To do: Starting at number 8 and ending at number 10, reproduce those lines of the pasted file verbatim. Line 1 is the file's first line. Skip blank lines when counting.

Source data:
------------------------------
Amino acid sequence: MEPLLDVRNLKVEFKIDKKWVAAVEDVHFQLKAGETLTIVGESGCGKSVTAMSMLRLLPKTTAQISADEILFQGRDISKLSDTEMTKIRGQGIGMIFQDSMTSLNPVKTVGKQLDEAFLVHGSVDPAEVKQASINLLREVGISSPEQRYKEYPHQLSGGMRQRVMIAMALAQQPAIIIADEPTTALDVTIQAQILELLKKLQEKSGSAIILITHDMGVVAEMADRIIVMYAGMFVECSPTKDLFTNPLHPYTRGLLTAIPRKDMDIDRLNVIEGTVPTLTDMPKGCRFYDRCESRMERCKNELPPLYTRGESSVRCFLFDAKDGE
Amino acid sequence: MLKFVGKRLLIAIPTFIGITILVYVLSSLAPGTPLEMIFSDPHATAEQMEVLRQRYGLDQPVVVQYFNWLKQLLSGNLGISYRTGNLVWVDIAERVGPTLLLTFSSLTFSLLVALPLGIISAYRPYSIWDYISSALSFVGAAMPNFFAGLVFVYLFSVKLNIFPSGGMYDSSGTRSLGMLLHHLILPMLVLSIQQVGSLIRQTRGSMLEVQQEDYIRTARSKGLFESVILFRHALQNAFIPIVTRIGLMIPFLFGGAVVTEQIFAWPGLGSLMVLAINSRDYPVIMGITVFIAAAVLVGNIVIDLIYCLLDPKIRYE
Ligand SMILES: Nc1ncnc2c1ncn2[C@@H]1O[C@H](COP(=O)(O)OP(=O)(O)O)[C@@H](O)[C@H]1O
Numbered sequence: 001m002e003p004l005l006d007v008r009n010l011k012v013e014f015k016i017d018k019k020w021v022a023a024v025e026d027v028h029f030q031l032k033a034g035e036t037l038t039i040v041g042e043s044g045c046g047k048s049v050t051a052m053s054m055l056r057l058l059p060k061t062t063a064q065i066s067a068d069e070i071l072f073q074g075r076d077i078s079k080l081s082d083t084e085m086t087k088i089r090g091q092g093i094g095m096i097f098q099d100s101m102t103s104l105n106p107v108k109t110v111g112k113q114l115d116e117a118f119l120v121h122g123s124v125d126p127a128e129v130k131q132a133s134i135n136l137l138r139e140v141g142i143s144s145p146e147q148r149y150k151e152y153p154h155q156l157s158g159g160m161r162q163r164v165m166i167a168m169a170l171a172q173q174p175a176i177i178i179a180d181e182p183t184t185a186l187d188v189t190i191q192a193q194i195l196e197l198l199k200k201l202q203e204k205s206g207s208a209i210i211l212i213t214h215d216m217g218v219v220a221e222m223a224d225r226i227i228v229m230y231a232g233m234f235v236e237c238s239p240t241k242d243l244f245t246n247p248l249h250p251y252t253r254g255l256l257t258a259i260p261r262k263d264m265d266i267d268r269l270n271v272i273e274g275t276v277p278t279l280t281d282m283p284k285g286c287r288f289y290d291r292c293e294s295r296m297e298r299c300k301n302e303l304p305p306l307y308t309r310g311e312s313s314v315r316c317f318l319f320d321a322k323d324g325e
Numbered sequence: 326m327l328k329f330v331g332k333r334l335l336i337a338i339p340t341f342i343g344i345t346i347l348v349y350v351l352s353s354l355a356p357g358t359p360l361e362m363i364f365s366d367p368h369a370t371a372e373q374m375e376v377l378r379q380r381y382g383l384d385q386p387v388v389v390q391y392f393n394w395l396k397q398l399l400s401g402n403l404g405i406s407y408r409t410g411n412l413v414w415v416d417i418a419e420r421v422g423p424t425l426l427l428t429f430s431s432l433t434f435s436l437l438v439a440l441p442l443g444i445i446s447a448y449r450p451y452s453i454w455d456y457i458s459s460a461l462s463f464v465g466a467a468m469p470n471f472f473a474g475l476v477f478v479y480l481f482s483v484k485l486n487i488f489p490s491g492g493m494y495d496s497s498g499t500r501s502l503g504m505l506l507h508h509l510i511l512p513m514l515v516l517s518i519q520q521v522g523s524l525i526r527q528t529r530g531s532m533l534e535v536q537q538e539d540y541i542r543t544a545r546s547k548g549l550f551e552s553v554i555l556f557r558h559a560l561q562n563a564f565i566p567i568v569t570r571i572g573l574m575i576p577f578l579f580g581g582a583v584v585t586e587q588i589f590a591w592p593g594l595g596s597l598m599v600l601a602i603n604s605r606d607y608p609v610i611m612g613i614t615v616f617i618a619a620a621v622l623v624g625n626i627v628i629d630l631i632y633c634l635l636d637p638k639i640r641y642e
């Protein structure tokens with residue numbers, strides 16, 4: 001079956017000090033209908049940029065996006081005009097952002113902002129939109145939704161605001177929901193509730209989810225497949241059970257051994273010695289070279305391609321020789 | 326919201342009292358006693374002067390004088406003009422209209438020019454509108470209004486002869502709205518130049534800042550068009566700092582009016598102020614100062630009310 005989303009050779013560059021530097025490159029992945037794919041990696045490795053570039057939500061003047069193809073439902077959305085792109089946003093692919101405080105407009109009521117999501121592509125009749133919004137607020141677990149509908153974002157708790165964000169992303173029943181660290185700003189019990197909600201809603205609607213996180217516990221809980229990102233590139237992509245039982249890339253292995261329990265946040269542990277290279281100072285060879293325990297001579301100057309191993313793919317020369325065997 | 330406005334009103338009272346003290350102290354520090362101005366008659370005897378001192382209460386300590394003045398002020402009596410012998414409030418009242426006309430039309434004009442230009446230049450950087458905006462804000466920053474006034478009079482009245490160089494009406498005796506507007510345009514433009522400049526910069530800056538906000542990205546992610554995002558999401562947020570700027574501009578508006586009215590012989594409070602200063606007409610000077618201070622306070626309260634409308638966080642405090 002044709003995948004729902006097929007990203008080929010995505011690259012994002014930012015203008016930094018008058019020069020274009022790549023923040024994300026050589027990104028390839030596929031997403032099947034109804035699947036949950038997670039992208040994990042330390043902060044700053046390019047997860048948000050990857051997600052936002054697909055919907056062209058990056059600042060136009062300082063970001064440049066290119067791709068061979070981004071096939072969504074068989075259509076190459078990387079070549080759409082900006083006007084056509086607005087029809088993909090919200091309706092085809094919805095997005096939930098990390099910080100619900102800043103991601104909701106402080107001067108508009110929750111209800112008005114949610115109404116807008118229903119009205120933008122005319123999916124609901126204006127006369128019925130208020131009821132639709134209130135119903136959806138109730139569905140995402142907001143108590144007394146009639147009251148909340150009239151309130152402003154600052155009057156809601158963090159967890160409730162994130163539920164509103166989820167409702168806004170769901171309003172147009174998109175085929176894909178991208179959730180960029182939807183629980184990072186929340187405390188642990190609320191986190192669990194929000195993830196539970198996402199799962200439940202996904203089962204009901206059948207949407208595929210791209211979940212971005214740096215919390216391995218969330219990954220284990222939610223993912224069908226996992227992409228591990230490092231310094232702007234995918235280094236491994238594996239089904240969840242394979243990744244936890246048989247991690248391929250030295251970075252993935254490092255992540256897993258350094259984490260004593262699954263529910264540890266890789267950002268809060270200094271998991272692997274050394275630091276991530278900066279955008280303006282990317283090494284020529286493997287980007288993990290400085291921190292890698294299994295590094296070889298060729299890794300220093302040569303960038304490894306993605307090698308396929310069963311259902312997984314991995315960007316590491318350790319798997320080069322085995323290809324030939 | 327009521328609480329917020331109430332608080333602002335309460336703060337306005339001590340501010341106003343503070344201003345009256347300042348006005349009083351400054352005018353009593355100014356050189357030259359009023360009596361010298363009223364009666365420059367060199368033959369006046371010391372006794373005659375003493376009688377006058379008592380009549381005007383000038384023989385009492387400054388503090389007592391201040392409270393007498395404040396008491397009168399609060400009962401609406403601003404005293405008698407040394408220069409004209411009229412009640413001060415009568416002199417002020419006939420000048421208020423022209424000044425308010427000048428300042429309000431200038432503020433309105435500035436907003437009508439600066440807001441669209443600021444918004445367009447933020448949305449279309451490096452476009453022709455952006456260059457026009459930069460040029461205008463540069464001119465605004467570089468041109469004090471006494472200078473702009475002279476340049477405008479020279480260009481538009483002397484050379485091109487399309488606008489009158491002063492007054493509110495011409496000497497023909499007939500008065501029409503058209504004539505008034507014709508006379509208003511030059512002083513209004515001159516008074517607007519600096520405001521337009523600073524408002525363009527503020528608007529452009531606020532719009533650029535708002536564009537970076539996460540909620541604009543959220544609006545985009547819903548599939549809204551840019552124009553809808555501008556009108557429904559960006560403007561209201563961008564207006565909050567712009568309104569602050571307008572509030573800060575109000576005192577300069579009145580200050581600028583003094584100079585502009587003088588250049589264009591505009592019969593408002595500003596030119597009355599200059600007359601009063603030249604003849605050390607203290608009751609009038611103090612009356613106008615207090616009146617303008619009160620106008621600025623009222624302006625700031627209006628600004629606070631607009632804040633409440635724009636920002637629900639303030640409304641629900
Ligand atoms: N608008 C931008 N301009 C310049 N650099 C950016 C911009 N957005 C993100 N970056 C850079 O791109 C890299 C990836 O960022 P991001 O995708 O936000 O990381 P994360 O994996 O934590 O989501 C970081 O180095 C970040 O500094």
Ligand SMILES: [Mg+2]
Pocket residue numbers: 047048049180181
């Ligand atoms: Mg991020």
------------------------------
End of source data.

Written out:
Ligand SMILES: [Mg+2]
Pocket residue numbers: 047048049180181
């Ligand atoms: Mg991020």